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Can You Recycle Cutting Boards? How?

After using cutting boards there are times that we'll have to throw them away. This article discusses if we can recycle cutting boards and how.

A cutting board with pepper and oil.

 I’ve used a lot of cutting boards in my time as a home cook and as a pizza store manager and delivery driver. I’ve used plastic and wood cutting boards as well as stainless steel work tables. I understand there are glass and marble cutting boards, too, and I would love to see a marble cutting board!

Yes, cutting boards can be recycled. Plastic is largely polyethylene, which is in every plastic piece, so it can be reprocessed. Wood is a little different, but it can be done. It’s accomplished differently, so you can’t put a wood cutting board out with the regular recycling. How are cutting boards reprocessed?

Plastic Cutting Boards

A chopped parsley in a plastic cutting board.

Reusing plastic cutting boards for any length of time isn’t a good idea. Plastics are made from petroleum products in addition to crude oil. Not only are you putting your food on this product, but the acids from the food you’re chopping eat into the finish. This leaves the unsavory nature of the petroleum and oil products in the plastic to leach into your food. It’s not healthy. 

Not only that, but many foods stain plastic cutting boards. Lots of cooks bleach their stained cutting boards, which isn’t a good idea, either. The bleach soaks into the board and mixes with the petroleum products. This is unhealthy in the extreme.

Add to all this the fact that the score marks from knives cut into the plastic. Over time, these tracks attract bacteria that will make you very ill. Lots of cooks put their boards in the dishwasher, while others soak theirs in the sink with hot, bleach-y soapy water. They’ll be clean, but the cleaning solutions also soak into the board, which leaves your food open to contamination.

I have brought this information up so you’ll understand why plastic cutting boards can’t just be popped into the recycle bucket. They can be reprocessed, but you have to take them to the facility yourself. There, they are placed into dumpsters, where special recycling companies pick them up to make them into new products.

Wood Cutting Boards

A wooden cutting board and vegetable salad.

As with plastic boards, wooden cutting boards should be discarded when the knife marks and grooves are noticeable and many. The thing about wood is that it’s still alive, even after the tree is cut down. It expands and contracts when associated with water. It swells in hot weather and returns to normal in cold weather.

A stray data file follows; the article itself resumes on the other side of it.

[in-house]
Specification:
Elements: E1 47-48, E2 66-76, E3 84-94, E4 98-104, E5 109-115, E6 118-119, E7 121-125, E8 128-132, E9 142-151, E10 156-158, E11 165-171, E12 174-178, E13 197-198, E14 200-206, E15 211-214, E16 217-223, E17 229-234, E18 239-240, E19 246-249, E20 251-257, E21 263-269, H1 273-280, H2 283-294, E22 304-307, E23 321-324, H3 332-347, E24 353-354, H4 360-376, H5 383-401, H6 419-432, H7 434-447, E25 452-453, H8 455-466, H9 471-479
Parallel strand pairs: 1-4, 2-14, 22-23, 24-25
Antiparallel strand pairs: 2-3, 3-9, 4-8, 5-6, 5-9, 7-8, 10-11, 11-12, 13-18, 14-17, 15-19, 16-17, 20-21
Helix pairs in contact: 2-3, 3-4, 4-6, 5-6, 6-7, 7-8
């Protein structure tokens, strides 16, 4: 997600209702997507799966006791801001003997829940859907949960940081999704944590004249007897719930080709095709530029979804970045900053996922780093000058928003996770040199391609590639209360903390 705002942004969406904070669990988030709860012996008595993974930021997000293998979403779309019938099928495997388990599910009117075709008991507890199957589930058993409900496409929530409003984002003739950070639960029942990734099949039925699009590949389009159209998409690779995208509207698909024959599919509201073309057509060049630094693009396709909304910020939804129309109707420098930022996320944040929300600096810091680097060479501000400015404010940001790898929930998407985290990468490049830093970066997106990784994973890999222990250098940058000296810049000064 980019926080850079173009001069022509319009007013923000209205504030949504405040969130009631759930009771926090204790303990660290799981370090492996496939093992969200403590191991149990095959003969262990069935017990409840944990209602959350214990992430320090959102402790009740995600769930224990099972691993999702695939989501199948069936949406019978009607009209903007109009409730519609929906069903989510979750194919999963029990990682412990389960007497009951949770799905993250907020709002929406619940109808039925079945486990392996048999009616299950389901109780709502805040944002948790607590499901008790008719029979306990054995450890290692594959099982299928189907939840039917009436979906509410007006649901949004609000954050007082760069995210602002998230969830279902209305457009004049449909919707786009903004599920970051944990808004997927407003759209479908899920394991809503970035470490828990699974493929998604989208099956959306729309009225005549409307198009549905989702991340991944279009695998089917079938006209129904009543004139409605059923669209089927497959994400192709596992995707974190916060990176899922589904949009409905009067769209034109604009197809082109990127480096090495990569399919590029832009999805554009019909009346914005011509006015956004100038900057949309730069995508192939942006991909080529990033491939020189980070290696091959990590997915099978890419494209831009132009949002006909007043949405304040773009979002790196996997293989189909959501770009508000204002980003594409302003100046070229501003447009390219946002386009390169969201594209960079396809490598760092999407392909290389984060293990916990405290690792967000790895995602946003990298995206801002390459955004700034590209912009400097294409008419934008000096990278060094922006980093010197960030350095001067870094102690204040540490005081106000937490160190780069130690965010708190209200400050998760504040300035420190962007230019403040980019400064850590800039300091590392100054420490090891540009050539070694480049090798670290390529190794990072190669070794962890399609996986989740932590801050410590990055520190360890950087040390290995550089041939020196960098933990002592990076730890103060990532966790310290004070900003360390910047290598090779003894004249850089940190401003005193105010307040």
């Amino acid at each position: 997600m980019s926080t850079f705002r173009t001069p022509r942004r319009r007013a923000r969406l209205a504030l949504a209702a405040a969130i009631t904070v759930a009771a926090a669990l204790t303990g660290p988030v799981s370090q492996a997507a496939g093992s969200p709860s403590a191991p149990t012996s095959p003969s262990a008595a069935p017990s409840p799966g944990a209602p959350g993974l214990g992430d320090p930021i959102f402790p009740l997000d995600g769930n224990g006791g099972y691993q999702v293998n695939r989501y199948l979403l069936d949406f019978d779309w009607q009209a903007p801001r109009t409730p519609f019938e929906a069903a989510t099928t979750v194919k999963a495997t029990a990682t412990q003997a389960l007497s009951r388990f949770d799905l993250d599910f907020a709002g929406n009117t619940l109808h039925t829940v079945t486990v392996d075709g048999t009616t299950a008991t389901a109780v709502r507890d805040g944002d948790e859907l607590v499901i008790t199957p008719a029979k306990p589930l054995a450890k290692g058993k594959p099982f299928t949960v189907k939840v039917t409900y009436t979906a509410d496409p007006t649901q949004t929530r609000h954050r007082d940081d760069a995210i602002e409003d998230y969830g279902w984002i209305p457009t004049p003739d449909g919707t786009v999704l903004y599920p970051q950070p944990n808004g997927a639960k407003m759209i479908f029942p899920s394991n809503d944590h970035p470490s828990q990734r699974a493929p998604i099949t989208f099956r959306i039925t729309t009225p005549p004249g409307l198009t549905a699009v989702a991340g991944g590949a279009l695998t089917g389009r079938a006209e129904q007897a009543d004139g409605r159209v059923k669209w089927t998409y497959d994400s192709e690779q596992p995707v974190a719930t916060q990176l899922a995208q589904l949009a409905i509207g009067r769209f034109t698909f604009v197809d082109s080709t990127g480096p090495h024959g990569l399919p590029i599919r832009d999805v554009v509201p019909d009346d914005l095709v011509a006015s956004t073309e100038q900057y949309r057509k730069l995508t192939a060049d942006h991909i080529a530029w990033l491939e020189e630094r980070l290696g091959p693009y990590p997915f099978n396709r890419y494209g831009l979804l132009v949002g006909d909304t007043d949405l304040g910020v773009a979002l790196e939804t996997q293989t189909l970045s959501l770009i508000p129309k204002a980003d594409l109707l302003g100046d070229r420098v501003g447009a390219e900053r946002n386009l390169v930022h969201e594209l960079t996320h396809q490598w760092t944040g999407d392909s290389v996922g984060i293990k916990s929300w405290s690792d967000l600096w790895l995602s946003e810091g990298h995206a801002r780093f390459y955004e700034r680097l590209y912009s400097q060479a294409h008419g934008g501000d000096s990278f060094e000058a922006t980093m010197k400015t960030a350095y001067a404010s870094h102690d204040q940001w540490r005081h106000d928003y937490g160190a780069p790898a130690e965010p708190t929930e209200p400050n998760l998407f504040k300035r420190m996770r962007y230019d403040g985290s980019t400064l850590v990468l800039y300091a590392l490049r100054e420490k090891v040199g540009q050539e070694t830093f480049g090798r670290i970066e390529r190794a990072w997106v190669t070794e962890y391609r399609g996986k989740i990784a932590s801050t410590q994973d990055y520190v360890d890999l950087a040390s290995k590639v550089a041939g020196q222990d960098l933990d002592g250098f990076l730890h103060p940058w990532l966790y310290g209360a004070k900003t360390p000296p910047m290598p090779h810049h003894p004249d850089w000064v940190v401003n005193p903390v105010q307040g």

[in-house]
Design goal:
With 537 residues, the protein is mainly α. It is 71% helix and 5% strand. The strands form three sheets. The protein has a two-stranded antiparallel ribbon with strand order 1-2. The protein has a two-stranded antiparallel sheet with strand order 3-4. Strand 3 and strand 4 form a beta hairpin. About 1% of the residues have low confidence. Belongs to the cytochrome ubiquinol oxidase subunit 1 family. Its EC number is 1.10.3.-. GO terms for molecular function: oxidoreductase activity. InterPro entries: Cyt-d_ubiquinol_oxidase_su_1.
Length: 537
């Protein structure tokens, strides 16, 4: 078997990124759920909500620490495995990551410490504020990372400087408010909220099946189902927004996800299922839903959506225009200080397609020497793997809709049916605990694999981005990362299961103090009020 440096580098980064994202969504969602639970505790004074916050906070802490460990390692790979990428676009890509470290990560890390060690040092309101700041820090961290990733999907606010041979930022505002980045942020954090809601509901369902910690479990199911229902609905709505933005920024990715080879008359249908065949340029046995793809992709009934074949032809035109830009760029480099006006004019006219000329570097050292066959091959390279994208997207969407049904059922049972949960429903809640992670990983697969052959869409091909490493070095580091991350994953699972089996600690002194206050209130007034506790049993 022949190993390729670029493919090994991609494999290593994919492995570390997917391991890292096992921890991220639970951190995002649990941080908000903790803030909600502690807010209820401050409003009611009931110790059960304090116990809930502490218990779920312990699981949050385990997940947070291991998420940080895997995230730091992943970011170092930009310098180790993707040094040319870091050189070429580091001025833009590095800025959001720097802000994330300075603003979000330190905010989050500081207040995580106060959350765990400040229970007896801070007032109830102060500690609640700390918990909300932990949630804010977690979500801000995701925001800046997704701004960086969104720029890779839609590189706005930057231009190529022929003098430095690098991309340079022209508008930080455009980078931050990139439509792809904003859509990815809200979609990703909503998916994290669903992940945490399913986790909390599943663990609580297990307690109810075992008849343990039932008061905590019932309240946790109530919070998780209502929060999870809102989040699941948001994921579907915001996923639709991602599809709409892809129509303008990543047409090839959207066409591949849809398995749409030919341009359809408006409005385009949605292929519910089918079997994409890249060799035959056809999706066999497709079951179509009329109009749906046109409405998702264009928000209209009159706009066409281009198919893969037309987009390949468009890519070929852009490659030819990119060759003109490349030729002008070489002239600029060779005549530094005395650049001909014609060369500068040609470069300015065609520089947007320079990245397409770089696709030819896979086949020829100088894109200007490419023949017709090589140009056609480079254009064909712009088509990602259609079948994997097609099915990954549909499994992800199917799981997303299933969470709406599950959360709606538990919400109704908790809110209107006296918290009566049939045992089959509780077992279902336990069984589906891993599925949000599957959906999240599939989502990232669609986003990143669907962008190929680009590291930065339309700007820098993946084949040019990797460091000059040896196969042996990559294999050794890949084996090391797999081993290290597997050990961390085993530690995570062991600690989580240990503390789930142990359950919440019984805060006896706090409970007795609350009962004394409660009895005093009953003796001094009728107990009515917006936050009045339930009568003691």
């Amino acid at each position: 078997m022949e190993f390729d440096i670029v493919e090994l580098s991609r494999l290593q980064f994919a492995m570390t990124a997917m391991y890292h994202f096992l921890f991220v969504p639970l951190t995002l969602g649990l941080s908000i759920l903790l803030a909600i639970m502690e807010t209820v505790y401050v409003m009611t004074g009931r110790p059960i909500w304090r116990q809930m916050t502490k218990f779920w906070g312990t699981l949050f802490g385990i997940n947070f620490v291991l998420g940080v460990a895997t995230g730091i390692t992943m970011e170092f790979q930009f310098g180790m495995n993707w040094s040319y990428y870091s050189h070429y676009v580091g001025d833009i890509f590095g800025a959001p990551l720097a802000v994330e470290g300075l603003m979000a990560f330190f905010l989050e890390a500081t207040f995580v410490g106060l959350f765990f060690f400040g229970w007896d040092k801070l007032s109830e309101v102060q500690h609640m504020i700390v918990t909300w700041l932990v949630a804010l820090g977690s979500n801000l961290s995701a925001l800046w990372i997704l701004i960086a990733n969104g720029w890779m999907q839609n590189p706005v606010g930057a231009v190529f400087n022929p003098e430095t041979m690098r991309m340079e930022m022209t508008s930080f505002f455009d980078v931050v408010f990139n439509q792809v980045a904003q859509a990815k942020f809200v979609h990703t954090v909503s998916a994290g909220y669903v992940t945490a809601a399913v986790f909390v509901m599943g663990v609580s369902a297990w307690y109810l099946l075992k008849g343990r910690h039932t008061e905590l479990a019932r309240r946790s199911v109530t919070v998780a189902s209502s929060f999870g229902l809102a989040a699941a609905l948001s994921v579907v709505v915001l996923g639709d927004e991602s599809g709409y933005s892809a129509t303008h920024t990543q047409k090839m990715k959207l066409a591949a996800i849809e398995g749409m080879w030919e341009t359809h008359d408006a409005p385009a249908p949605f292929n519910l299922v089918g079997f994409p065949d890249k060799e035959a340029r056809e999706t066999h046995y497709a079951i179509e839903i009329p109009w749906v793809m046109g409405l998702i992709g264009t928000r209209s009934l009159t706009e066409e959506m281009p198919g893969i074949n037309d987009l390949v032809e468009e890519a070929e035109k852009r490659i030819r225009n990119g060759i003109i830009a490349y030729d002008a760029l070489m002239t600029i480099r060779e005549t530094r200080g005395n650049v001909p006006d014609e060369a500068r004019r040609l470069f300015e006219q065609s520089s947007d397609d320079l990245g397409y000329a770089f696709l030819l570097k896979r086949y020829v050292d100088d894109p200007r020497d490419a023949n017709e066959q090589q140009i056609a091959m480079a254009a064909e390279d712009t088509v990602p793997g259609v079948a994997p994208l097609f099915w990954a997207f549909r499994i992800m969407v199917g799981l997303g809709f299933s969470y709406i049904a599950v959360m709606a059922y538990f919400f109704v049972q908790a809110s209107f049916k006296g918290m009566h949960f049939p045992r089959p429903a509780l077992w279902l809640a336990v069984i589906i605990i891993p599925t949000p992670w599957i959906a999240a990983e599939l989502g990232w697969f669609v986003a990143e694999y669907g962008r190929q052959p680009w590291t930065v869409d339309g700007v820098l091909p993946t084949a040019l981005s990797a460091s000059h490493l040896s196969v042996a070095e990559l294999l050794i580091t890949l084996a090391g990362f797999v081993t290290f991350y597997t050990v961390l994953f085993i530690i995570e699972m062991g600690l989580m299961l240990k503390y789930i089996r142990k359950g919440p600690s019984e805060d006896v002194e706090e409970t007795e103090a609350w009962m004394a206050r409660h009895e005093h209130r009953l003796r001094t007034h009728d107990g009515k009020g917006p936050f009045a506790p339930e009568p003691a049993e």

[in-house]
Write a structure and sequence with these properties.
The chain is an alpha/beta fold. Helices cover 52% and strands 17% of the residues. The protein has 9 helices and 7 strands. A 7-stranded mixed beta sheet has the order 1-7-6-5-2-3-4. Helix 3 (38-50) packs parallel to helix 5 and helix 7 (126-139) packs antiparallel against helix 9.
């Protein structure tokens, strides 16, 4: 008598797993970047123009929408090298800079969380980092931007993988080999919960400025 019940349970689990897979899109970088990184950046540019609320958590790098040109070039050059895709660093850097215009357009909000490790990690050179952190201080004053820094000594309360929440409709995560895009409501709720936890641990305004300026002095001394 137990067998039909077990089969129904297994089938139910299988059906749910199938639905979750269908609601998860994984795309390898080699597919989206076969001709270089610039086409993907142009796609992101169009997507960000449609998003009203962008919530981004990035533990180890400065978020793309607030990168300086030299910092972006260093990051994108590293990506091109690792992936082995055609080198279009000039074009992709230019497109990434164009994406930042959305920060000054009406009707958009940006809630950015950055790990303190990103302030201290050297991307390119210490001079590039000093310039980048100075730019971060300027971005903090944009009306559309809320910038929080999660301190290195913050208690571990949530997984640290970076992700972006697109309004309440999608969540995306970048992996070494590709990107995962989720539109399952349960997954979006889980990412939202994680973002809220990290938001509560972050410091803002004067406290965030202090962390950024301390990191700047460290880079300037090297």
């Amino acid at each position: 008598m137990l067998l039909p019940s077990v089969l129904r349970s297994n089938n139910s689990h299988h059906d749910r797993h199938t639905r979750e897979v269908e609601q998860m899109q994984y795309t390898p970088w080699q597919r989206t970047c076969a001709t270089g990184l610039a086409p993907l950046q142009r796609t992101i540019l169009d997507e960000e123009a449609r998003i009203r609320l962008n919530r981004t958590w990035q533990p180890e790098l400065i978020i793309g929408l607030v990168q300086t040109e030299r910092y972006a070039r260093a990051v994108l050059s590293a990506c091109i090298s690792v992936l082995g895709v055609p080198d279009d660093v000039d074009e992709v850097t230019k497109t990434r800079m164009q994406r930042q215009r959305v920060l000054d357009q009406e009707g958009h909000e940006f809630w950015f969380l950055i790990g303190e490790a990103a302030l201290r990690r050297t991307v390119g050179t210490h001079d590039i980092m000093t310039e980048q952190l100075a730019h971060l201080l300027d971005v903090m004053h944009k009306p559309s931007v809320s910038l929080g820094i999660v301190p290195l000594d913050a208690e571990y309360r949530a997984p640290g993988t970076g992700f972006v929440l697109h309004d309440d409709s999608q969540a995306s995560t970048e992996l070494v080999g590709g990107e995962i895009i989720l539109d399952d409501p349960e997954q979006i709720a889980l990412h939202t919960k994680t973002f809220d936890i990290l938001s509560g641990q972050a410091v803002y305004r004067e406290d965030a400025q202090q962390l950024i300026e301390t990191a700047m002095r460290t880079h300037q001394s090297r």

The acids in the food you’re chopping gets into the wood, yes, but it doesn’t stain like plastic does. It’s the knife scores about which you need to worry. On the other hand, if you love your board and want to keep it, wood cutting boards can be sanded down and refinished in five easy steps:

    • Wash the board in hot soapy water to clean it and let it dry for 24 hours.

    • Go to your local hardware store to get 80 or 120 grit sandpaper. Sand with the grain, not against it.

    • Clean the board with a damp (not wet) cloth to remove the sawdust. 

    • Sand the board again using 220 grit sandpaper to get any scratches left by the first sanding. Use a damp (not wet) cloth to remove the sawdust. Let the board dry thoroughly.

    • Wipe down the board with Clark’s, Howard’s, or Clara’s cutting board oil. Let it penetrate the wood for about 15 minutes. Next, rub in a coat of wax for a pretty finish and wipe off the excess. Let it dry for about 24 hours.

If the score marks are too high, then take your board to the recycling facility yourself. They have dumpsters for all types of materials, from metals to porcelain and ceramic to wood of all kinds. Companies dealing with this type of process will pick it up to reprocess it. 

Glass, Marble, Granite, And Stone Cutting Boards

Meat balls with in a granite cutting board.

Glass and stone make some stunning cutting boards. However, they’re not well suited to everyday use. They will dull your knives in no time. It’s best to use these as cheese boards or for rolling out dough. If you want to use them as cutting boards, though, be aware that you’ll have to very frequently sharpen your knives.

Glass can be recycled, although you can’t put it out on collection day. You’ll have to take your cutting boards to the recycling facility yourself. Only certain types of glass can be reprocessed, such as glass bottles (think Coke bottles) and cutting boards. It’s melted down to make other products. 

If you’re tired of sharpening your knives, you can take your natural stone boards to the recycling facility. Stone companies love to repurpose your cutting boards into natural stone building products.